The Truth About the Harry Quebert Affair (Digital Audiobook)
Publication Date: May 26, 2014
The #1 internationally bestselling thriller, and ingenious book within a book, about the disappearance of a 15-year-old New Hampshire girl and, 30 years later, a young American writer’s determination to clear his mentor’s name—and find the inspiration for his next bestseller
August 30, 1975: the day fifteen-year-old Nola Kellergan is glimpsed fleeing through the woods before she disappears; the day Somerset, New Hampshire, lost its innocence.
Thirty-three years later, Marcus Goldman, a successful young novelist, visits Somerset to see his mentor, Harry Quebert, one of America’s most respected writers, and to find a cure for his writer’s block as his publisher’s deadline looms. But Marcus’s plans are violently upended when Harry is suddenly and sensationally implicated in the cold-case murder of Nola Kellergan—whom, he admits, he had an affair with. As the national media convicts Harry, Marcus launches his own investigation, following a trail of clues through his mentor’s books, the backwoods and isolated beaches of New Hampshire, and the hidden history of Somerset’s citizens and the man they hold most dear. To save Harry, his writing career, and eventually even himself, Marcus must answer three questions, all of which are mysteriously connected: Who killed Nola Kellergan? What happened one misty morning in Somerset in the summer of 1975? And how do you write a successful and true novel?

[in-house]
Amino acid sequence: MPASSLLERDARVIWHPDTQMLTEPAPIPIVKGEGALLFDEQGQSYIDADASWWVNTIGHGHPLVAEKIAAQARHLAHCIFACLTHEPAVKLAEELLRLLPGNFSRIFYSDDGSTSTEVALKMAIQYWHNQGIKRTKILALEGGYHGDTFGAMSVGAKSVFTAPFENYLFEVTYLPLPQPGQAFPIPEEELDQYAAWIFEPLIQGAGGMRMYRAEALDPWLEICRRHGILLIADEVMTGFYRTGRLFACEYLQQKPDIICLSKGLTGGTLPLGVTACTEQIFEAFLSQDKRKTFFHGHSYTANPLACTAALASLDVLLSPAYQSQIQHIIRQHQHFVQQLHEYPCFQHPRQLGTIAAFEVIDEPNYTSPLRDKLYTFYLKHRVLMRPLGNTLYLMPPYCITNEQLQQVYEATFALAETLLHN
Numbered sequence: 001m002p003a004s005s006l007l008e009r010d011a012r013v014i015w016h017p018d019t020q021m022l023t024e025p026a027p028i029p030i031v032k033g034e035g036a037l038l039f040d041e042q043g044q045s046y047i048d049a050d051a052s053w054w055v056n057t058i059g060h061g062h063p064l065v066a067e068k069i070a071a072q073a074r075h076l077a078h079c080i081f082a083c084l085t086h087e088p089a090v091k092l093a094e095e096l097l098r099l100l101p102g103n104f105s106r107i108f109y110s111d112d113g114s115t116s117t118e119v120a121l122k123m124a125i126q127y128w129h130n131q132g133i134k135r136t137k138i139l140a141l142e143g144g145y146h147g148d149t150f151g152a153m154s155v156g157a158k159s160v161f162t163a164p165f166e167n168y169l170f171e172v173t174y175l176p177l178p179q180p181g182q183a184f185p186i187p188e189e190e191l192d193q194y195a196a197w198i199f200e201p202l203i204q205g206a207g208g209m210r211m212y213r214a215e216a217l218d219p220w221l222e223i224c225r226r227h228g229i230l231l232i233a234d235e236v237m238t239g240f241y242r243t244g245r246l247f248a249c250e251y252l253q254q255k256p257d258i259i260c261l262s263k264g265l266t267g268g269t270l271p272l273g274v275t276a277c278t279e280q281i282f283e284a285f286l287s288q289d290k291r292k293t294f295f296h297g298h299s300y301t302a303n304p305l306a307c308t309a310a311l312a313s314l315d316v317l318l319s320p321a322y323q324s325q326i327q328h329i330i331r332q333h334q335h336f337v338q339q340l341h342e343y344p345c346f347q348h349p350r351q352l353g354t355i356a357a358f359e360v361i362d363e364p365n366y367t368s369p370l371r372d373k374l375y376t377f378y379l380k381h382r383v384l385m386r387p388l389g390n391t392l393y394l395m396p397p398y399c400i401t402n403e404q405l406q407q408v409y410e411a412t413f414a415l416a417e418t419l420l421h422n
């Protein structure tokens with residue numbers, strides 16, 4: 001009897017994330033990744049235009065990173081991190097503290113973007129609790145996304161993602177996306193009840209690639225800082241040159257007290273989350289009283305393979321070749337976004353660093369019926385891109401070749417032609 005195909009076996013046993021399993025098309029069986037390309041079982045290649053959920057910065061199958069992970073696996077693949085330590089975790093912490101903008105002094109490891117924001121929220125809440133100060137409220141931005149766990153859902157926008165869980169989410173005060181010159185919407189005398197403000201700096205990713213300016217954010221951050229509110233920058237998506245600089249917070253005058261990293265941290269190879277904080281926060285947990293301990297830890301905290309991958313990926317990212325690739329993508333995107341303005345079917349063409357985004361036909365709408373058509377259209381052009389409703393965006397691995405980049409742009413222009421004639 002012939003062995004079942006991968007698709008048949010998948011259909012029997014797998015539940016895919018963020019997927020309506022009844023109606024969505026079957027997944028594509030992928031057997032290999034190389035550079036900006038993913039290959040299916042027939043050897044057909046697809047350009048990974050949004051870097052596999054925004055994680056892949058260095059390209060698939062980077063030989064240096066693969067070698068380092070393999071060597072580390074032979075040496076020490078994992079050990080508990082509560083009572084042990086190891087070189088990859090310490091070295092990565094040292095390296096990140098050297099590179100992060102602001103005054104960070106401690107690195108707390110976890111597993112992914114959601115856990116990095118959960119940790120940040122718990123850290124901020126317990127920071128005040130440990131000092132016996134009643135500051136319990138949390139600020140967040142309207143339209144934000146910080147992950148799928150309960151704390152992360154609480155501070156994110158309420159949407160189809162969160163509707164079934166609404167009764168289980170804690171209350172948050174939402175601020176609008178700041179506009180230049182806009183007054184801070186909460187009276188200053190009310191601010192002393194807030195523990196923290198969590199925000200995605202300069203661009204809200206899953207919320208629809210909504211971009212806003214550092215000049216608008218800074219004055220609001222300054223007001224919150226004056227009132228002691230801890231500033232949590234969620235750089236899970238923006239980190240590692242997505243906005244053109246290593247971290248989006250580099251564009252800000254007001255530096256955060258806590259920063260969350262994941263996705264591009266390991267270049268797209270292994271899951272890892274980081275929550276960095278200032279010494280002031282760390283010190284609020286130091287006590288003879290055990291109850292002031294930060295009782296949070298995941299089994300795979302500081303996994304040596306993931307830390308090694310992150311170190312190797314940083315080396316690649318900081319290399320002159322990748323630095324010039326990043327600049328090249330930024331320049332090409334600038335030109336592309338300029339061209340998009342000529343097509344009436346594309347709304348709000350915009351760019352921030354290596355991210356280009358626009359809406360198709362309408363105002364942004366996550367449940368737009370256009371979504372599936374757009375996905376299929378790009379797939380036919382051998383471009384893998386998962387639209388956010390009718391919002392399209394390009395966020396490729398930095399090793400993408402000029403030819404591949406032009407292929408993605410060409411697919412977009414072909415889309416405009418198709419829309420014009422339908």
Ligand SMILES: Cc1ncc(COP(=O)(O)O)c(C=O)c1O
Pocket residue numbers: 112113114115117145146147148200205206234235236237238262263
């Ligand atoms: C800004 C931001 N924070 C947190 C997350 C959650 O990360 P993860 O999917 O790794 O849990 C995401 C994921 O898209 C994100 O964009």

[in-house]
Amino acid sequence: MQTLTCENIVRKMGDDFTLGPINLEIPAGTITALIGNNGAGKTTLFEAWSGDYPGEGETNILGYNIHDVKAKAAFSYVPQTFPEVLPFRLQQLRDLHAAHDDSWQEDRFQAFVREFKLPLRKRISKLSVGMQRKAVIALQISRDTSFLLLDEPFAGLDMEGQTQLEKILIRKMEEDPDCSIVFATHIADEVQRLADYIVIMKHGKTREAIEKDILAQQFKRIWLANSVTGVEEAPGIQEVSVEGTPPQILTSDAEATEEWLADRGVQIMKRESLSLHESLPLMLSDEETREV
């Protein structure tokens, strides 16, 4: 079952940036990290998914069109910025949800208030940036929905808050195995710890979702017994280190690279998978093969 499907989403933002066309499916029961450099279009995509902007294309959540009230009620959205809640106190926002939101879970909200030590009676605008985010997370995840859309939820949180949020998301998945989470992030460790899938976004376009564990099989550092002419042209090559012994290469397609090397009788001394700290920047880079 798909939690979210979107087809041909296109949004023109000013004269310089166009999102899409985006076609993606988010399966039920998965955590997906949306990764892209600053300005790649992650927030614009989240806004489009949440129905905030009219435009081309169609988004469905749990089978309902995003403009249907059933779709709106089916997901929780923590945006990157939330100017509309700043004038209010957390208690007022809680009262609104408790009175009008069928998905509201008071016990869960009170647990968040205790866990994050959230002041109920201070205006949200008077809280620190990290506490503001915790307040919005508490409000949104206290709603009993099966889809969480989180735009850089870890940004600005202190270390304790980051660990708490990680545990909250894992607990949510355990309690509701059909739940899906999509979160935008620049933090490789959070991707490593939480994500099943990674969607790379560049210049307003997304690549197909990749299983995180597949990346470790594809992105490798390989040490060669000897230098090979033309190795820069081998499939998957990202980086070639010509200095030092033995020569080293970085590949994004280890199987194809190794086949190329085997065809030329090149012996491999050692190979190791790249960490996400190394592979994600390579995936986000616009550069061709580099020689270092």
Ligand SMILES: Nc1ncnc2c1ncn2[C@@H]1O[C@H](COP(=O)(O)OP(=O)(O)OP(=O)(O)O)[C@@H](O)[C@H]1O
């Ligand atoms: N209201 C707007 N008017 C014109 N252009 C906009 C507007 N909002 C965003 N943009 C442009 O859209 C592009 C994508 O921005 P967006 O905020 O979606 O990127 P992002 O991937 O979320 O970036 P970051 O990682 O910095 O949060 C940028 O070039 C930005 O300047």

A global phenomenon, with sales approaching a million copies in France alone and rights sold in more than thirty countries, The Truth About the Harry Quebert Affair is a fast-paced, tightly plotted, cinematic literary thriller, and an ingenious book within a book, by a dazzling young writer.
About the Author
Joel Dicker was born in 1985 in Geneva, Switzerland, where he later studied law, and spent childhood summers in New England. The Truth About the Harry Quebert Affair won three French literary prizes, including the Grand Prix du Roman from the Académie Française, and was a finalist for the Prix Goncourt.